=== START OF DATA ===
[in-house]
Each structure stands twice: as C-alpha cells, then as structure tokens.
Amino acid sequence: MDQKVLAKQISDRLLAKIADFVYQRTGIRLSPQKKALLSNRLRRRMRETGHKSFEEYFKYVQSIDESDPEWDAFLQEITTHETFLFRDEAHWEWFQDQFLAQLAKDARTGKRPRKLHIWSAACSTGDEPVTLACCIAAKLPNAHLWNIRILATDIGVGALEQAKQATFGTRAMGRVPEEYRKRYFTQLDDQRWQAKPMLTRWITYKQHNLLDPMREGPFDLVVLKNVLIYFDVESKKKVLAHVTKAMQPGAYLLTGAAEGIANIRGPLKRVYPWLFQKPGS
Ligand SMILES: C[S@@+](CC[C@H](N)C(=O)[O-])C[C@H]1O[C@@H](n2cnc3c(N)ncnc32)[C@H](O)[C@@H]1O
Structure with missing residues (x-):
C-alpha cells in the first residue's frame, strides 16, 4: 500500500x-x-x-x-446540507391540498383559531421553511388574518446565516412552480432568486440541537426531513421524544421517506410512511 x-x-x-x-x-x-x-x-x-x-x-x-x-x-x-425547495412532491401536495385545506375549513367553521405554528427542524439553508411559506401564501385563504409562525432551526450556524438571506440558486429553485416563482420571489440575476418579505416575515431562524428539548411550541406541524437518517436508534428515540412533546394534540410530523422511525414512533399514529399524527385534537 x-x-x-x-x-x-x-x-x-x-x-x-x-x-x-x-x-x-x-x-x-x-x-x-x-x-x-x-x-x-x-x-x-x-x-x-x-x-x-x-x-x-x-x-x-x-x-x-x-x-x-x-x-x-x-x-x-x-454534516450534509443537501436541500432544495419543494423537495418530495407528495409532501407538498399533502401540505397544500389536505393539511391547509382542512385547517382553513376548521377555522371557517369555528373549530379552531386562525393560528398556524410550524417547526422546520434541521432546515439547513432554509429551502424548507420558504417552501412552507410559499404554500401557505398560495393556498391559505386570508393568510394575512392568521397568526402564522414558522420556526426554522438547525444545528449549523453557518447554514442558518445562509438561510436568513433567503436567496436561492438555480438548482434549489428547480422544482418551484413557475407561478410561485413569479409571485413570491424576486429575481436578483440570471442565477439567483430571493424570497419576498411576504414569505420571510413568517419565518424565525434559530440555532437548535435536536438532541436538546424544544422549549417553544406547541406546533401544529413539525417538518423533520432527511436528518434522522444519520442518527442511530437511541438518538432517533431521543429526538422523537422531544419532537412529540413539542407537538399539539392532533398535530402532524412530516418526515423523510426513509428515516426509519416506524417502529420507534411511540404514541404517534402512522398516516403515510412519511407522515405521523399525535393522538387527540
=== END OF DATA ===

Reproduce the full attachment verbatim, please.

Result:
[in-house]
Each structure stands twice: as C-alpha cells, then as structure tokens.
Amino acid sequence: MDQKVLAKQISDRLLAKIADFVYQRTGIRLSPQKKALLSNRLRRRMRETGHKSFEEYFKYVQSIDESDPEWDAFLQEITTHETFLFRDEAHWEWFQDQFLAQLAKDARTGKRPRKLHIWSAACSTGDEPVTLACCIAAKLPNAHLWNIRILATDIGVGALEQAKQATFGTRAMGRVPEEYRKRYFTQLDDQRWQAKPMLTRWITYKQHNLLDPMREGPFDLVVLKNVLIYFDVESKKKVLAHVTKAMQPGAYLLTGAAEGIANIRGPLKRVYPWLFQKPGS
Ligand SMILES: C[S@@+](CC[C@H](N)C(=O)[O-])C[C@H]1O[C@@H](n2cnc3c(N)ncnc32)[C@H](O)[C@@H]1O
Structure with missing residues (x-):
C-alpha cells in the first residue's frame, strides 16, 4: 500500500x-x-x-x-446540507391540498383559531421553511388574518446565516412552480432568486440541537426531513421524544421517506410512511 x-x-x-x-x-x-x-x-x-x-x-x-x-x-x-425547495412532491401536495385545506375549513367553521405554528427542524439553508411559506401564501385563504409562525432551526450556524438571506440558486429553485416563482420571489440575476418579505416575515431562524428539548411550541406541524437518517436508534428515540412533546394534540410530523422511525414512533399514529399524527385534537 x-x-x-x-x-x-x-x-x-x-x-x-x-x-x-x-x-x-x-x-x-x-x-x-x-x-x-x-x-x-x-x-x-x-x-x-x-x-x-x-x-x-x-x-x-x-x-x-x-x-x-x-x-x-x-x-x-x-454534516450534509443537501436541500432544495419543494423537495418530495407528495409532501407538498399533502401540505397544500389536505393539511391547509382542512385547517382553513376548521377555522371557517369555528373549530379552531386562525393560528398556524410550524417547526422546520434541521432546515439547513432554509429551502424548507420558504417552501412552507410559499404554500401557505398560495393556498391559505386570508393568510394575512392568521397568526402564522414558522420556526426554522438547525444545528449549523453557518447554514442558518445562509438561510436568513433567503436567496436561492438555480438548482434549489428547480422544482418551484413557475407561478410561485413569479409571485413570491424576486429575481436578483440570471442565477439567483430571493424570497419576498411576504414569505420571510413568517419565518424565525434559530440555532437548535435536536438532541436538546424544544422549549417553544406547541406546533401544529413539525417538518423533520432527511436528518434522522444519520442518527442511530437511541438518538432517533431521543429526538422523537422531544419532537412529540413539542407537538399539539392532533398535530402532524412530516418526515423523510426513509428515516426509519416506524417502529420507534411511540404514541404517534402512522398516516403515510412519511407522515405521523399525535393522538387527540